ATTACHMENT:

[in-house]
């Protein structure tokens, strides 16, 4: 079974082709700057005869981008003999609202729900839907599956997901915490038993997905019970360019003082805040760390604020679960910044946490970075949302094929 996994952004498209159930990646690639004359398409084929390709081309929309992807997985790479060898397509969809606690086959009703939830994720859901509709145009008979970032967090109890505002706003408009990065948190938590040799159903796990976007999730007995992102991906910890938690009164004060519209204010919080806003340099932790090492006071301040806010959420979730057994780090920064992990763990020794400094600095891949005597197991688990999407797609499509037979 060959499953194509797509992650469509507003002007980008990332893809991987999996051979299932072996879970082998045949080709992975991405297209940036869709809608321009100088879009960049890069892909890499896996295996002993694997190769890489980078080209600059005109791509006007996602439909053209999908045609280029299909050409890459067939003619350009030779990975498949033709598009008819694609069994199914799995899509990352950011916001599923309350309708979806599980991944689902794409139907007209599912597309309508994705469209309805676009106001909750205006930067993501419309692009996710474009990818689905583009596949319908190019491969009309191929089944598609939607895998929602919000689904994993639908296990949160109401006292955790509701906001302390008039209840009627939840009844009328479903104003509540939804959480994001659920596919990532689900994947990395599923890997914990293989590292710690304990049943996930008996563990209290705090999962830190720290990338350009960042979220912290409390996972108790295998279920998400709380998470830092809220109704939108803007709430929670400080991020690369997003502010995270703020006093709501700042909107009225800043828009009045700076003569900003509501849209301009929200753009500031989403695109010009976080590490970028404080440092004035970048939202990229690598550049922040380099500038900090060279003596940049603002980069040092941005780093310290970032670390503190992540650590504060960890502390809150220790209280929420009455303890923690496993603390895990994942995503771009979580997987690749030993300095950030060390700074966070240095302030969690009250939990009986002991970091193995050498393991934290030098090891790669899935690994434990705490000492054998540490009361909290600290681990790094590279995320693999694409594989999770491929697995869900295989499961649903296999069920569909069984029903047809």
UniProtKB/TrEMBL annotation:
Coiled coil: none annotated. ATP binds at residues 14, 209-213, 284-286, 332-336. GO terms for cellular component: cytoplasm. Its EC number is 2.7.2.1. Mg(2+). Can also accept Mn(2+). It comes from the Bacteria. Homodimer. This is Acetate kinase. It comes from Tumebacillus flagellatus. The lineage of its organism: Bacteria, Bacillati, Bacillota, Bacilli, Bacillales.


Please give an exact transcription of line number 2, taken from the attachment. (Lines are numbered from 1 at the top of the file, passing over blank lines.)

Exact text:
């Protein structure tokens, strides 16, 4: 079974082709700057005869981008003999609202729900839907599956997901915490038993997905019970360019003082805040760390604020679960910044946490970075949302094929 996994952004498209159930990646690639004359398409084929390709081309929309992807997985790479060898397509969809606690086959009703939830994720859901509709145009008979970032967090109890505002706003408009990065948190938590040799159903796990976007999730007995992102991906910890938690009164004060519209204010919080806003340099932790090492006071301040806010959420979730057994780090920064992990763990020794400094600095891949005597197991688990999407797609499509037979 060959499953194509797509992650469509507003002007980008990332893809991987999996051979299932072996879970082998045949080709992975991405297209940036869709809608321009100088879009960049890069892909890499896996295996002993694997190769890489980078080209600059005109791509006007996602439909053209999908045609280029299909050409890459067939003619350009030779990975498949033709598009008819694609069994199914799995899509990352950011916001599923309350309708979806599980991944689902794409139907007209599912597309309508994705469209309805676009106001909750205006930067993501419309692009996710474009990818689905583009596949319908190019491969009309191929089944598609939607895998929602919000689904994993639908296990949160109401006292955790509701906001302390008039209840009627939840009844009328479903104003509540939804959480994001659920596919990532689900994947990395599923890997914990293989590292710690304990049943996930008996563990209290705090999962830190720290990338350009960042979220912290409390996972108790295998279920998400709380998470830092809220109704939108803007709430929670400080991020690369997003502010995270703020006093709501700042909107009225800043828009009045700076003569900003509501849209301009929200753009500031989403695109010009976080590490970028404080440092004035970048939202990229690598550049922040380099500038900090060279003596940049603002980069040092941005780093310290970032670390503190992540650590504060960890502390809150220790209280929420009455303890923690496993603390895990994942995503771009979580997987690749030993300095950030060390700074966070240095302030969690009250939990009986002991970091193995050498393991934290030098090891790669899935690994434990705490000492054998540490009361909290600290681990790094590279995320693999694409594989999770491929697995869900295989499961649903296999069920569909069984029903047809």